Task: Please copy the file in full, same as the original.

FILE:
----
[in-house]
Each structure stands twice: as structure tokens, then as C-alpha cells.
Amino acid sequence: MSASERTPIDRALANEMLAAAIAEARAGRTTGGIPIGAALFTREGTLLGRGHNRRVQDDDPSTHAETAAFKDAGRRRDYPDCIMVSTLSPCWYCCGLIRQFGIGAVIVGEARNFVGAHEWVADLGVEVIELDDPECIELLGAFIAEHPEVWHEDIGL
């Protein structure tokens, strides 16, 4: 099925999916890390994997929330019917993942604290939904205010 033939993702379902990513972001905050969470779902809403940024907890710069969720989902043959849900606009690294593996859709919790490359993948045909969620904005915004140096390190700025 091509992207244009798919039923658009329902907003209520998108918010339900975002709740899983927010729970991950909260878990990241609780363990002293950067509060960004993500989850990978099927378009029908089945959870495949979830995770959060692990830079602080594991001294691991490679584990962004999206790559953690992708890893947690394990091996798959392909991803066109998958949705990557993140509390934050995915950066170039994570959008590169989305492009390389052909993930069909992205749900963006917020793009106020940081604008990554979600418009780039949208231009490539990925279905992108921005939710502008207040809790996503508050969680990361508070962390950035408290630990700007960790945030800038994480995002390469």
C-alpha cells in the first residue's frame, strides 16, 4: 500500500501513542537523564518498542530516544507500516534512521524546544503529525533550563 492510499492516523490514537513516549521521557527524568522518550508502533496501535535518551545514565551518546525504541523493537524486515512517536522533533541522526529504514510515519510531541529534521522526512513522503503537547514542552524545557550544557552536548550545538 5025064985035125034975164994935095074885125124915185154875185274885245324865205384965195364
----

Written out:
[in-house]
Each structure stands twice: as structure tokens, then as C-alpha cells.
Amino acid sequence: MSASERTPIDRALANEMLAAAIAEARAGRTTGGIPIGAALFTREGTLLGRGHNRRVQDDDPSTHAETAAFKDAGRRRDYPDCIMVSTLSPCWYCCGLIRQFGIGAVIVGEARNFVGAHEWVADLGVEVIELDDPECIELLGAFIAEHPEVWHEDIGL
């Protein structure tokens, strides 16, 4: 099925999916890390994997929330019917993942604290939904205010 033939993702379902990513972001905050969470779902809403940024907890710069969720989902043959849900606009690294593996859709919790490359993948045909969620904005915004140096390190700025 091509992207244009798919039923658009329902907003209520998108918010339900975002709740899983927010729970991950909260878990990241609780363990002293950067509060960004993500989850990978099927378009029908089945959870495949979830995770959060692990830079602080594991001294691991490679584990962004999206790559953690992708890893947690394990091996798959392909991803066109998958949705990557993140509390934050995915950066170039994570959008590169989305492009390389052909993930069909992205749900963006917020793009106020940081604008990554979600418009780039949208231009490539990925279905992108921005939710502008207040809790996503508050969680990361508070962390950035408290630990700007960790945030800038994480995002390469």
C-alpha cells in the first residue's frame, strides 16, 4: 500500500501513542537523564518498542530516544507500516534512521524546544503529525533550563 492510499492516523490514537513516549521521557527524568522518550508502533496501535535518551545514565551518546525504541523493537524486515512517536522533533541522526529504514510515519510531541529534521522526512513522503503537547514542552524545557550544557552536548550545538 5025064985035125034975164994935095074885125124915185154875185274885245324865205384965195364